It doesn’t matter whether an organization “decides to engage” its public

Posted: September 17th, 2020 | Author: | Filed under: Civic engagement, online engagment | Tags: | No Comments »

because it’s always been engaged with the public and always will be.

We see this framing a lot: “The organization decided to engage with its public”. Let’s banish it. “Decided to engage” is misleading, because it suggests that engagement is up to the organization.

When it comes to gravity, the earth doesn’t have a veto. Just so, the organization can no more decide not to engage than the earth can “decide” to ignore the sun’s gravitational pull.

The public is always interpreting the organization’s pronouncements and actions, and that interpretation matters as much as or more than those pronouncements and actions themselves.

And the public interprets silence and inaction readily and almost always negatively.

The organization can’t “turn off” the public’s ongoing interpretation, and so it is always engaged.

So by all means urge the organization to decide to recognize that it is already engaged with its public, to examine how well (or not) that engagement is working, and to make it more robust. But let’s skip right past discussions of whether or not to veto gravity.


The 34 second case for open dialogue, online or off. (Thoughtexchange)

Posted: August 8th, 2018 | Author: | Filed under: Civic engagement, dialogue, online engagment, The business of public engagement, Transparency | No Comments »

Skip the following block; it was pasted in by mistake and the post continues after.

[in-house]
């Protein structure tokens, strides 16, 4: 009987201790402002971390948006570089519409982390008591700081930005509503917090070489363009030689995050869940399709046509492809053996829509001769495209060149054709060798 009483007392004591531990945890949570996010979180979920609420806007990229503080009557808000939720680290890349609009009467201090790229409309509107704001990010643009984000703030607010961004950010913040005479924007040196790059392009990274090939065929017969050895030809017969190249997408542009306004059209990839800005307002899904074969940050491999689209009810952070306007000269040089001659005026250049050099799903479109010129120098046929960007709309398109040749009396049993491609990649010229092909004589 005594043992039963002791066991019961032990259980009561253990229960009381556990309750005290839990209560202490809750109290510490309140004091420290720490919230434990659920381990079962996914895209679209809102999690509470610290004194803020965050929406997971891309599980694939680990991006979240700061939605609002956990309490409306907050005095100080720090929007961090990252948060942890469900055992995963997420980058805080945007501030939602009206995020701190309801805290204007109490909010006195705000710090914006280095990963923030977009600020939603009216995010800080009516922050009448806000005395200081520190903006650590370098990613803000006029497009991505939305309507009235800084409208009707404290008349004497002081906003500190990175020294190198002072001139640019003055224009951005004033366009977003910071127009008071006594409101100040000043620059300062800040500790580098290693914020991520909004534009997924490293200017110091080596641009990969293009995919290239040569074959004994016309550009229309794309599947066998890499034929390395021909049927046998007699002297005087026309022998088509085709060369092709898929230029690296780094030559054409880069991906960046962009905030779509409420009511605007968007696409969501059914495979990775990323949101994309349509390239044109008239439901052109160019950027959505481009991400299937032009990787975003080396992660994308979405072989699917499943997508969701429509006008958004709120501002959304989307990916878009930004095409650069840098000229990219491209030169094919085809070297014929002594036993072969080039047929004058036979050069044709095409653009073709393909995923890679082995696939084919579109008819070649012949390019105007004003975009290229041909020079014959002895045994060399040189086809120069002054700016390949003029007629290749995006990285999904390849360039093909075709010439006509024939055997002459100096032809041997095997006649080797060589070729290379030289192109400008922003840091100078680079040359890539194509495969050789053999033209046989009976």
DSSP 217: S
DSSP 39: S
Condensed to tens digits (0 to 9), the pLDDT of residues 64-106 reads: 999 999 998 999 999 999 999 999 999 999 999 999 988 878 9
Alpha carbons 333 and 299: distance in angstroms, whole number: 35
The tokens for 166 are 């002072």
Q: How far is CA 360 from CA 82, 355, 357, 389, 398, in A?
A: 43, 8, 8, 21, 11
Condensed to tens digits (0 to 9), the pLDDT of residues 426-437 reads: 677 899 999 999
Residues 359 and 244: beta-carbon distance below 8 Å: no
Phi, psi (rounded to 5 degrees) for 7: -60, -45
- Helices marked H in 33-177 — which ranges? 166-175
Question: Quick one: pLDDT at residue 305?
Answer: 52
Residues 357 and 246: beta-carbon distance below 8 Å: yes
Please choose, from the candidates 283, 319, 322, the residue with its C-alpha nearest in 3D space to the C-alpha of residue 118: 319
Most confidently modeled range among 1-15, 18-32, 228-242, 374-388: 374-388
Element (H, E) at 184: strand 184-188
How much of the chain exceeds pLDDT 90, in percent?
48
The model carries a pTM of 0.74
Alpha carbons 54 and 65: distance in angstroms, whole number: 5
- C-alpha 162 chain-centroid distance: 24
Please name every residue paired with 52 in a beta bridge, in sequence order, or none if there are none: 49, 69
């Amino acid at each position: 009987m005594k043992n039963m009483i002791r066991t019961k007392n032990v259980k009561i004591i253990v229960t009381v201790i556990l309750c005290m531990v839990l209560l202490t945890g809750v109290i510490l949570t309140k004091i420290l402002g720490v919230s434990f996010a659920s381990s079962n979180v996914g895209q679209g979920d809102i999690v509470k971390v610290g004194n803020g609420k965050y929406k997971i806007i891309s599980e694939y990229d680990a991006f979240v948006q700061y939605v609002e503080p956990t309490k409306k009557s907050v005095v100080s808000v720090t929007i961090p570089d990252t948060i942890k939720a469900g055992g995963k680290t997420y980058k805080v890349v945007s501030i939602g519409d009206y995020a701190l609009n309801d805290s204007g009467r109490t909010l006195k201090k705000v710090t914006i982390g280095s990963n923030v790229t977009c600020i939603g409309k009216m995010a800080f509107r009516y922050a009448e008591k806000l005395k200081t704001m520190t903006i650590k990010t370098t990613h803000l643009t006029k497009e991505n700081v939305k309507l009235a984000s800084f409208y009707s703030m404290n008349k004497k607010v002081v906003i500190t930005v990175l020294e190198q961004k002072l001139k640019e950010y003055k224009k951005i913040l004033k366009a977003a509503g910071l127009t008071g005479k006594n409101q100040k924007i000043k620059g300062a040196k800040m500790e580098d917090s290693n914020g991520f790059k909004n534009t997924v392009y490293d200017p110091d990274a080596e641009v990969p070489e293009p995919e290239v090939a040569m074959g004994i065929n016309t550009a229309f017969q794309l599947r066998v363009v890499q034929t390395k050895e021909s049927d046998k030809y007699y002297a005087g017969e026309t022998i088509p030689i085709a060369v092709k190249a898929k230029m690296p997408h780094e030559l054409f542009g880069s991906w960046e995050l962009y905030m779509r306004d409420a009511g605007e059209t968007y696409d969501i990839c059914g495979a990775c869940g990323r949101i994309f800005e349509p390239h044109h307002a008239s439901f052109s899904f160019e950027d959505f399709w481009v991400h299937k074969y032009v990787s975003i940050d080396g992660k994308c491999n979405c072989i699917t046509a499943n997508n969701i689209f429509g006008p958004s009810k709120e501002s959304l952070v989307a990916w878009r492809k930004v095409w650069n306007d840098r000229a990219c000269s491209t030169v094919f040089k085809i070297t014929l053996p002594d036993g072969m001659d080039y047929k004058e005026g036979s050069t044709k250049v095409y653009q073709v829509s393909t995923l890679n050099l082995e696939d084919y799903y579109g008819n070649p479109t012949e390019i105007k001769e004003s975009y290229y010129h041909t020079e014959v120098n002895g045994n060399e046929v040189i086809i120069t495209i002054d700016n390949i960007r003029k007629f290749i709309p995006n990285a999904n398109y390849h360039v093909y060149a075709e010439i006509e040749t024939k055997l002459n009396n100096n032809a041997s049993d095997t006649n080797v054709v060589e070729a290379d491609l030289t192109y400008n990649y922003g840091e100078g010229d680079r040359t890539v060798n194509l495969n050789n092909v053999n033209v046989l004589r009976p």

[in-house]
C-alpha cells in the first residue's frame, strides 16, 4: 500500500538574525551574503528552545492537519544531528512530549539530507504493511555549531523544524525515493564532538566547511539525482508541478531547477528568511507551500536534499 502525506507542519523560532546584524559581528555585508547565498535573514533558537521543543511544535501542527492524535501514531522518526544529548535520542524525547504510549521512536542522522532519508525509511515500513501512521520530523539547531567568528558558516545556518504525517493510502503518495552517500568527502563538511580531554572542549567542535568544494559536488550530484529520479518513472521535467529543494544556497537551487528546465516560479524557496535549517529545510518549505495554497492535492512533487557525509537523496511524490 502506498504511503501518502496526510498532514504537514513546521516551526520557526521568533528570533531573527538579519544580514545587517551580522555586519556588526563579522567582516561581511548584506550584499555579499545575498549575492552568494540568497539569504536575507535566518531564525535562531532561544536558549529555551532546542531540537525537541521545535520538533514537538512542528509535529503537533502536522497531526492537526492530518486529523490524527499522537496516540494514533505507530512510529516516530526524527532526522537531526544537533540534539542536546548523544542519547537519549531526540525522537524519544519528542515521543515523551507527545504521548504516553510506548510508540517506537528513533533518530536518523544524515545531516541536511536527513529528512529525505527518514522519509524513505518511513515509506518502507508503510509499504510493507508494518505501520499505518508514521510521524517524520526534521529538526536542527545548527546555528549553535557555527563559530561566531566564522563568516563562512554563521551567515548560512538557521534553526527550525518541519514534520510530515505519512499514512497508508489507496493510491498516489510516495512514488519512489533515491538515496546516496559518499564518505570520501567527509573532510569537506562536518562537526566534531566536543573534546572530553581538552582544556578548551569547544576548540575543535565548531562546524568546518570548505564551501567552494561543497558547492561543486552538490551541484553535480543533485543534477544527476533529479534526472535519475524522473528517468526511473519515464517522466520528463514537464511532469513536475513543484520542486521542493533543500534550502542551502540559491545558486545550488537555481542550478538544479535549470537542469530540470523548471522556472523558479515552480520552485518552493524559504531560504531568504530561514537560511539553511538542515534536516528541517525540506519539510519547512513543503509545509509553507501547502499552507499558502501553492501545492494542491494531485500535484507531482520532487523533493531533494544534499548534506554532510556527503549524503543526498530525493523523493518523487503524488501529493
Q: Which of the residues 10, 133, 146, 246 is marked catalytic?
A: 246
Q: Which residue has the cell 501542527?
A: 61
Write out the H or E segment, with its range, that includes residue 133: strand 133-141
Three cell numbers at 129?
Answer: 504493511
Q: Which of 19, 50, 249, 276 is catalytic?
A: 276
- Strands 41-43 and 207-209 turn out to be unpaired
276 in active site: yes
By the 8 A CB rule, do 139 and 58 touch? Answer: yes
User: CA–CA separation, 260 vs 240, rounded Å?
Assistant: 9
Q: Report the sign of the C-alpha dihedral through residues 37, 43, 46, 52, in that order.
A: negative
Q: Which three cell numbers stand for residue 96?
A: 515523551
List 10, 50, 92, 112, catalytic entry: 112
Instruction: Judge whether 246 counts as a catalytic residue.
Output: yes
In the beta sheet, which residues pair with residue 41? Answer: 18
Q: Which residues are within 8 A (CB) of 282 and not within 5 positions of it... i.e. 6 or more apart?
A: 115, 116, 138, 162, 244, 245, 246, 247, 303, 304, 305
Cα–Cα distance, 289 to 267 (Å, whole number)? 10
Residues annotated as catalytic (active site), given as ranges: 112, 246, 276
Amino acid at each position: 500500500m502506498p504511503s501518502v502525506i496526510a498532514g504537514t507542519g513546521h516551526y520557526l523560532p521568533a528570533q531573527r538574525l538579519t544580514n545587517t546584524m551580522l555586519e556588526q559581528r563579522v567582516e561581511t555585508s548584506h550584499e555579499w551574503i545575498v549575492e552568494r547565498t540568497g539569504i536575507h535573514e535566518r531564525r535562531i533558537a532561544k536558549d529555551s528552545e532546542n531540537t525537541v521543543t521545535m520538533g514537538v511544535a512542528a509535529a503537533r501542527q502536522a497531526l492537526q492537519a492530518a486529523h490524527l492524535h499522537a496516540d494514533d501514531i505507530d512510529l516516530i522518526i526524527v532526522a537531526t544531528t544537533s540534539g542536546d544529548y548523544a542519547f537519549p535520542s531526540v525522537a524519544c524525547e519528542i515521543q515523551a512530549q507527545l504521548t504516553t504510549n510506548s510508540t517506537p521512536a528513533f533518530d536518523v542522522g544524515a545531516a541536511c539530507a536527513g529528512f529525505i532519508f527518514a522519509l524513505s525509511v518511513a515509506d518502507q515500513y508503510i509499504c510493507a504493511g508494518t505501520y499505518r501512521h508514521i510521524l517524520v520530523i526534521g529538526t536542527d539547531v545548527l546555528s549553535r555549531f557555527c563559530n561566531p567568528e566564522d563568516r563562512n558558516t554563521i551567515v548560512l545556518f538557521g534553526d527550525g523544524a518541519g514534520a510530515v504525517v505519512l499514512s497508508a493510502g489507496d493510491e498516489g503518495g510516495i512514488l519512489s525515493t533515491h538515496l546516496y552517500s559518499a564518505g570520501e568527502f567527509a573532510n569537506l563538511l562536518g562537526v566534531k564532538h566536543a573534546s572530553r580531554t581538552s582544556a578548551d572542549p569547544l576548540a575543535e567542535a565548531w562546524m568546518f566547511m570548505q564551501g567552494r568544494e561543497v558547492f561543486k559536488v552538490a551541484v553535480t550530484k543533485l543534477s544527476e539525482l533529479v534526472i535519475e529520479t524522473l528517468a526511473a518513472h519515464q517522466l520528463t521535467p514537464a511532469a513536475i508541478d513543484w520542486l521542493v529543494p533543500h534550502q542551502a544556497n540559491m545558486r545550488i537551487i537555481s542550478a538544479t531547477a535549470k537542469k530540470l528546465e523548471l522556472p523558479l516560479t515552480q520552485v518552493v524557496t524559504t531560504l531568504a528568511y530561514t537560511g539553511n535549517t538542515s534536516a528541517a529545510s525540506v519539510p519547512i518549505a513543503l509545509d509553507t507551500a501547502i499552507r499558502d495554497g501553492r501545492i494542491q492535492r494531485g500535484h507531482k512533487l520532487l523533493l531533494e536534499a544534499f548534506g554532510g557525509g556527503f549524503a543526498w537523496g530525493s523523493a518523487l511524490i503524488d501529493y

People are well aware of the risks of publicly visible dialogue, especially when it’s online. So agencies and organizations often choose mostly one way information flows: comments and questions are directed to the sponsor privately, carefully reviewed and often trimmed of controversial content, and only then posted in public.

In this clip, Jayme Smithers of Thoughtexchange makes the best case possible, if you only have 34 seconds, for publicly visible dialogue and back and forth.

 

The whole discussion is worthwhile. It features three school superintendents reflecting on their experience using Thoughtexchange, but it’s mostly applicable to face to face discussions and other web-based approaches as well.

They go well beyond the humor, explaining that the benefits of publicly visible back and forth are manifold.

It allows the sponsor to serve as the convener, introducing participants to one another, often for the first time. It elicits new information from participants and gives them the chance to make the case, in their own words, often with particular credibility for their peers, credibility that the sponsor may not have.

The full video also addresses concerns many dialogue sponsors have that criticisms will be aired. One superintendent notes that “the buzz is out there” already. Those discussions are happening anyway. Shifting them to a public forum allows the sponsor to hear them and, often, add data and questions that may shape the discussion in a more productive direction.

Well done.